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In 1739 Edward Conyers purchased the Elizabethan Copped Hall from Sir Thomas Webster who had owned it since 1701. Edward Conyers only enjoyed the house for three years before dying in 1742.
Edward Conyers son, John, inherited the property and considered repairing it as it had become dilapidated.

Two excellent paintings were painted by George Lambert showing the house in its landscape. These paintings are now in the Tate Britain. John Conyers brother-in-law, Sir Roger Newdigate, carried out extensive measured drawings.

However, John Conyers moved in cultural circles and wanted to express the latest architectural ideas of the day which were incompatable with living in the old house. Plans for a PalIadian mansion were drawn up by his architect - John Sanderson. Assisting with these ideas were Sir Roger Newdigate and another architect – Thomas Prowse. Very grand proposals were produced comprising a main block with a vast dome, a portico and attached curved colonnades leading to symmetrical pavilions. In the end only the main block was built - on a different site to the Elizabethan mansion. It was completed by 1758. Fragments of the Elizabethan house were retained and a rock garden was created in part of the cellars.

The new mansion was superbly sited overlooking two valleys with a third valley to the north. The building is very well proportioned on all fronts. The chimneys are successfully positioned in a tight geometric arrangement. It was a perfect example of the '18th century house in landscape'.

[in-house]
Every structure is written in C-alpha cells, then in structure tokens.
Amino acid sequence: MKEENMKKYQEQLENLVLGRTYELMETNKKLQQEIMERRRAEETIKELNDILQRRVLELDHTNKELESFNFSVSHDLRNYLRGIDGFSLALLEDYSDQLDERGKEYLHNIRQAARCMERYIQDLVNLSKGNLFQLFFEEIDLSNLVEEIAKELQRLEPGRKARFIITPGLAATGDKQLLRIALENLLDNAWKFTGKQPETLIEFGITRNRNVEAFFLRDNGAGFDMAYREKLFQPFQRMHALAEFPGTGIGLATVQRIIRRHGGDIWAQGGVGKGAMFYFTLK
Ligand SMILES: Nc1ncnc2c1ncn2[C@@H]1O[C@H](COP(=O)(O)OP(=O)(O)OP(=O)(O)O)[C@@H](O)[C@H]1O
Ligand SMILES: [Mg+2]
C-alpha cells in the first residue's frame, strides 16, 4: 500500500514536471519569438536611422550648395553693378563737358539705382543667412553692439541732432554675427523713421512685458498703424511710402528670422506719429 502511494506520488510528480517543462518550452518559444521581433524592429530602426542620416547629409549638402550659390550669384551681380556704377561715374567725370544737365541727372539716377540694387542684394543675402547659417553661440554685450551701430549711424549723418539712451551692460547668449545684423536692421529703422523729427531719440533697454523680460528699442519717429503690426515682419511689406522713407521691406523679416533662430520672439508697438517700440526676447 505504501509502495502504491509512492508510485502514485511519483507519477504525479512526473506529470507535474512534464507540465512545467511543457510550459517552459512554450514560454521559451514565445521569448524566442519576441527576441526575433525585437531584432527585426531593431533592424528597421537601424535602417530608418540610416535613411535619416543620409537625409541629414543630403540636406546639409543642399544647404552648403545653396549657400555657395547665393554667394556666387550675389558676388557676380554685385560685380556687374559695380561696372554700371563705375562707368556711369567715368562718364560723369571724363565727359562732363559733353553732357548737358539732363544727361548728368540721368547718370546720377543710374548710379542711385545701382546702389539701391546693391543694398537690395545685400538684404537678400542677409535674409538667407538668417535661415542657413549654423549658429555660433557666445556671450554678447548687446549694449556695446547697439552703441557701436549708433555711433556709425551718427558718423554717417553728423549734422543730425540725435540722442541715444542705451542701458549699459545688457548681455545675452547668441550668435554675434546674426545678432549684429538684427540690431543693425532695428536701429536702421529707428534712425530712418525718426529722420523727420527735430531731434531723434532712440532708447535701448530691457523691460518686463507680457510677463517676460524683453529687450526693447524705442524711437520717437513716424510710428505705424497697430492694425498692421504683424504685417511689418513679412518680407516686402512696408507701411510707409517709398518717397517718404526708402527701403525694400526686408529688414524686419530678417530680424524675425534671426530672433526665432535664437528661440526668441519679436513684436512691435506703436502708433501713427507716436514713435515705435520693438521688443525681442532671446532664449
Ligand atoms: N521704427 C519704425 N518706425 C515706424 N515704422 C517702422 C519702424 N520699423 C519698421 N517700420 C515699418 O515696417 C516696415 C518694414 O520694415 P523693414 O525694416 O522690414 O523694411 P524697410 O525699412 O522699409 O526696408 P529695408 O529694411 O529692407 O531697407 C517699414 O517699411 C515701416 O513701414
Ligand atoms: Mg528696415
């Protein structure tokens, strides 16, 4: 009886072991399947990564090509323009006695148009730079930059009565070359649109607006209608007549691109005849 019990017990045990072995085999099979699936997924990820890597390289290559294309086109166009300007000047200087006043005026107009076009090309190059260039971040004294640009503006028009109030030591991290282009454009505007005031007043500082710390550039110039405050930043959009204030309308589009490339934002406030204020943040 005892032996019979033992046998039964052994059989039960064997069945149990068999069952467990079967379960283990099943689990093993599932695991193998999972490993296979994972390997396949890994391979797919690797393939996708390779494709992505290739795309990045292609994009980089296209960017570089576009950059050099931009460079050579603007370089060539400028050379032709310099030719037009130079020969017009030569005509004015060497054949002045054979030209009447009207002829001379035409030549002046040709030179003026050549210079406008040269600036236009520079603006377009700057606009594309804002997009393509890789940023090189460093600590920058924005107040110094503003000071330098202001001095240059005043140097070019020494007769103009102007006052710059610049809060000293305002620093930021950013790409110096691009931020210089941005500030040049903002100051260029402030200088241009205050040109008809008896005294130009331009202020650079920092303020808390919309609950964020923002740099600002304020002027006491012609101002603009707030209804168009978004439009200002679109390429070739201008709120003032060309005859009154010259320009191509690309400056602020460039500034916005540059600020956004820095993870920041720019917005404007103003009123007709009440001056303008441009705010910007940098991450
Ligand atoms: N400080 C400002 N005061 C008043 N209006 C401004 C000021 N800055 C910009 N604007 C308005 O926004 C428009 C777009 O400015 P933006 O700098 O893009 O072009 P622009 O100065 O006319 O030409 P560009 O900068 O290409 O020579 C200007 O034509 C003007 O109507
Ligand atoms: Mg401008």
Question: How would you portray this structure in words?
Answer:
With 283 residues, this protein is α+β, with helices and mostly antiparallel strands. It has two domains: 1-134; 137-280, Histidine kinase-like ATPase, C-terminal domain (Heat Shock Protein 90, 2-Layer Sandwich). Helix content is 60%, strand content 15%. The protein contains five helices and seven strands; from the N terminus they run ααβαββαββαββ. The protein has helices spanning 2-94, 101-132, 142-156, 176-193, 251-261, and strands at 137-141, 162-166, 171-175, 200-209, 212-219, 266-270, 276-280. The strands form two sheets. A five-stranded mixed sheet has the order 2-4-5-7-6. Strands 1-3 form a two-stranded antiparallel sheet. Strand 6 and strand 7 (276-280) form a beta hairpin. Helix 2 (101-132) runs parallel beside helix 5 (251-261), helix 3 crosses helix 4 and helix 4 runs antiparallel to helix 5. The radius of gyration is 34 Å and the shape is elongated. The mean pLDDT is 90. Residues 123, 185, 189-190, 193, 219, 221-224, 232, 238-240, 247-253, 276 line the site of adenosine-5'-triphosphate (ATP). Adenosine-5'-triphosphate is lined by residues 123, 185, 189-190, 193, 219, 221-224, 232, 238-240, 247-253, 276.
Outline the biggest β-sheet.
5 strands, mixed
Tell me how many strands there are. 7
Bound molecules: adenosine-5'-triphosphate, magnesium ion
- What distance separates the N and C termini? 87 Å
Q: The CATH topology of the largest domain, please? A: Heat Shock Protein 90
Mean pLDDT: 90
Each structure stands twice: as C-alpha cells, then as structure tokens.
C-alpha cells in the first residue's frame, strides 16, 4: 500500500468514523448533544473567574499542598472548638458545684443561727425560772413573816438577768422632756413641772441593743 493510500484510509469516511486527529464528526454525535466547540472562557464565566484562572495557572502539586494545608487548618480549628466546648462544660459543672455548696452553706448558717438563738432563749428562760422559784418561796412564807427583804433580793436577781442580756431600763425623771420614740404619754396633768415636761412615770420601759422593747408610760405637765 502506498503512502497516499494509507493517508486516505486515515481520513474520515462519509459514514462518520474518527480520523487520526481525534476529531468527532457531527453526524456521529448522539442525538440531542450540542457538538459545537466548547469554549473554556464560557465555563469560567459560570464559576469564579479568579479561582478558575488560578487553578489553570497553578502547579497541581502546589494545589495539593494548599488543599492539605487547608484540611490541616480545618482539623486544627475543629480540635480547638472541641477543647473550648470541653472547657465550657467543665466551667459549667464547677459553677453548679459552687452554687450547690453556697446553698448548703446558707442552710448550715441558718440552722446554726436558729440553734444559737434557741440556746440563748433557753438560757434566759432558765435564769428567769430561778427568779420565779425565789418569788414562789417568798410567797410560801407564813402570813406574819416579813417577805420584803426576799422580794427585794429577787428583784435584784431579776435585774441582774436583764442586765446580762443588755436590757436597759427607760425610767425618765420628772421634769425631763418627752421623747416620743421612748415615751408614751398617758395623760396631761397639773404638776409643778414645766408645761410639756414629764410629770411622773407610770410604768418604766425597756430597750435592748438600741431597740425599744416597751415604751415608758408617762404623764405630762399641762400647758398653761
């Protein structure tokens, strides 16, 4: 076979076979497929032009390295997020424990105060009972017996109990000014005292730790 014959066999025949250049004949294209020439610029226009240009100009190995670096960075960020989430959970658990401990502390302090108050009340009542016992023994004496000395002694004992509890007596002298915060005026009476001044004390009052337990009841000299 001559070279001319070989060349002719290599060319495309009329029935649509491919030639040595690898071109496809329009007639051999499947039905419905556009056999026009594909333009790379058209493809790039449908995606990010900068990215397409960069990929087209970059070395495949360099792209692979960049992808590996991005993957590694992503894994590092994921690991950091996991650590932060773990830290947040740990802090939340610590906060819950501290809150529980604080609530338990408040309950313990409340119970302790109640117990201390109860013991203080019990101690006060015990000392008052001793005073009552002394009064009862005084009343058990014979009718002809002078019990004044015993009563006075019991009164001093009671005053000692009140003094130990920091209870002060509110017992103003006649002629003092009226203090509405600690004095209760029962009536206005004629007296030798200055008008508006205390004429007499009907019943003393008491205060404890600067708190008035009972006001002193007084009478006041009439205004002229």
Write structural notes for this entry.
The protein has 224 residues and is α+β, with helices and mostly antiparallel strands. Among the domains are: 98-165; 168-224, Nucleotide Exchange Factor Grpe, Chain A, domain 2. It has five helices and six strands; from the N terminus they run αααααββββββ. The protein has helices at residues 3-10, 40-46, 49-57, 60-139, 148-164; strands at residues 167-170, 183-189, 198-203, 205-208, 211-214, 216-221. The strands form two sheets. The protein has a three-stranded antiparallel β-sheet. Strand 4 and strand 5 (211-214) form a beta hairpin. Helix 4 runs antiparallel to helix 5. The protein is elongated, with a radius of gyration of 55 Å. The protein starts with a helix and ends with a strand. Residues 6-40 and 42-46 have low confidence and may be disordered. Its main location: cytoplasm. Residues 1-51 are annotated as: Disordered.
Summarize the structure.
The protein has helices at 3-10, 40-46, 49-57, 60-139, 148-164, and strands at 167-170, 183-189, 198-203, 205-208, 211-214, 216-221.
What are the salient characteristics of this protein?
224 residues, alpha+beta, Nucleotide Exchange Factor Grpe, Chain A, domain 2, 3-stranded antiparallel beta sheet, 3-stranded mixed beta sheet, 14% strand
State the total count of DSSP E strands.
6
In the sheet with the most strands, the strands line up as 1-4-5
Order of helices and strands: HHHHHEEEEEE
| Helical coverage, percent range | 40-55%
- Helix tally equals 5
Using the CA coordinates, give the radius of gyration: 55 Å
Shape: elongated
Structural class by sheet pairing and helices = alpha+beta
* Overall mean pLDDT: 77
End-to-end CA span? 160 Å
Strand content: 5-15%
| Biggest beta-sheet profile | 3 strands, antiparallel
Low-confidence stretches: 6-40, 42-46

Internally there was a particularly good arrangement consisting of two top-lit stairwells surrounded by a circuit of inter-connecting grand rooms at first floor level. At second floor level there is an excellent concept of circulation spaces at the top of the staircases with four sets of triple arches in line. In the basement are superb brick vaulted ceilings.
The choice of a different site for the Georgian mansion resulted in a very interesting garden arrangement as the gardens of the new house did not interfere with the garden ground levels of the Elizabethan house - which were initially largely left intact. A magnificent 4 acre walled garden was built to grow fruit, flowers and vegetables.
In 1775 John Conyers died and his son, John, commissioned the architect James Wyatt to make internal changes to the mansion. These changes did not improve the architecture and largely comprised of sub-dividing the rooms. James Wyatt did, however, design the southern gate-houses and entrance screen which are very satisfactory.

Image by courtesy of English Record Office

John Conyers